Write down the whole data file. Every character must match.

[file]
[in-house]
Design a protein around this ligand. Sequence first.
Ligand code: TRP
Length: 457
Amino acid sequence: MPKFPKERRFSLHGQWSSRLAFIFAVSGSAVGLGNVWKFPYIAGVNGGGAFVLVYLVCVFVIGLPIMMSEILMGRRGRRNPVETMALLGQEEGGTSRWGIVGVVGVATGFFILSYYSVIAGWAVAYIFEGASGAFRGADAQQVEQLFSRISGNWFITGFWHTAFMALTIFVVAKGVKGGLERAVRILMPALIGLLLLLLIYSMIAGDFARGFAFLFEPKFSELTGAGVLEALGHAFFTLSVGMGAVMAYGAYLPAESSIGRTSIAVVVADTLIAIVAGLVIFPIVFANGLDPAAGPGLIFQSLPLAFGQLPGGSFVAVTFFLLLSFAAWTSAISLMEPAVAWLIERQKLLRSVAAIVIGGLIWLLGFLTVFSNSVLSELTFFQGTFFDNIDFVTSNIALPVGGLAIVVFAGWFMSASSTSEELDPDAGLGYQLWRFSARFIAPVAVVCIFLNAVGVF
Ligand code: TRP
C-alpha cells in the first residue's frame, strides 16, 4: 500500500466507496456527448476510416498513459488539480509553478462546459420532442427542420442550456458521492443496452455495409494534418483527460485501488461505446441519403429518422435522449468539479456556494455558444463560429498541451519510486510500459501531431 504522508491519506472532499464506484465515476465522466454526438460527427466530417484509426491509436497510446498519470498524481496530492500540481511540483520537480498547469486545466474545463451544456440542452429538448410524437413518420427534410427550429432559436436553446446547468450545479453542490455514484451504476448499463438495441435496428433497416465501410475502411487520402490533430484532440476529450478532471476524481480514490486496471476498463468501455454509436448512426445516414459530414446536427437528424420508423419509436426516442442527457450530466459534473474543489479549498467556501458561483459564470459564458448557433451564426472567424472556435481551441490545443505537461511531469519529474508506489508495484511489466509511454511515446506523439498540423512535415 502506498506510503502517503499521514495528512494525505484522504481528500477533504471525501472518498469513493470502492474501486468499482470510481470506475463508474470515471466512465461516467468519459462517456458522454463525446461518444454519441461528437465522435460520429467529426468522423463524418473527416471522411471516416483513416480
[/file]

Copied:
[in-house]
Design a protein around this ligand. Sequence first.
Ligand code: TRP
Length: 457
Amino acid sequence: MPKFPKERRFSLHGQWSSRLAFIFAVSGSAVGLGNVWKFPYIAGVNGGGAFVLVYLVCVFVIGLPIMMSEILMGRRGRRNPVETMALLGQEEGGTSRWGIVGVVGVATGFFILSYYSVIAGWAVAYIFEGASGAFRGADAQQVEQLFSRISGNWFITGFWHTAFMALTIFVVAKGVKGGLERAVRILMPALIGLLLLLLIYSMIAGDFARGFAFLFEPKFSELTGAGVLEALGHAFFTLSVGMGAVMAYGAYLPAESSIGRTSIAVVVADTLIAIVAGLVIFPIVFANGLDPAAGPGLIFQSLPLAFGQLPGGSFVAVTFFLLLSFAAWTSAISLMEPAVAWLIERQKLLRSVAAIVIGGLIWLLGFLTVFSNSVLSELTFFQGTFFDNIDFVTSNIALPVGGLAIVVFAGWFMSASSTSEELDPDAGLGYQLWRFSARFIAPVAVVCIFLNAVGVF
Ligand code: TRP
C-alpha cells in the first residue's frame, strides 16, 4: 500500500466507496456527448476510416498513459488539480509553478462546459420532442427542420442550456458521492443496452455495409494534418483527460485501488461505446441519403429518422435522449468539479456556494455558444463560429498541451519510486510500459501531431 504522508491519506472532499464506484465515476465522466454526438460527427466530417484509426491509436497510446498519470498524481496530492500540481511540483520537480498547469486545466474545463451544456440542452429538448410524437413518420427534410427550429432559436436553446446547468450545479453542490455514484451504476448499463438495441435496428433497416465501410475502411487520402490533430484532440476529450478532471476524481480514490486496471476498463468501455454509436448512426445516414459530414446536427437528424420508423419509436426516442442527457450530466459534473474543489479549498467556501458561483459564470459564458448557433451564426472567424472556435481551441490545443505537461511531469519529474508506489508495484511489466509511454511515446506523439498540423512535415 502506498506510503502517503499521514495528512494525505484522504481528500477533504471525501472518498469513493470502492474501486468499482470510481470506475463508474470515471466512465461516467468519459462517456458522454463525446461518444454519441461528437465522435460520429467529426468522423463524418473527416471522411471516416483513416480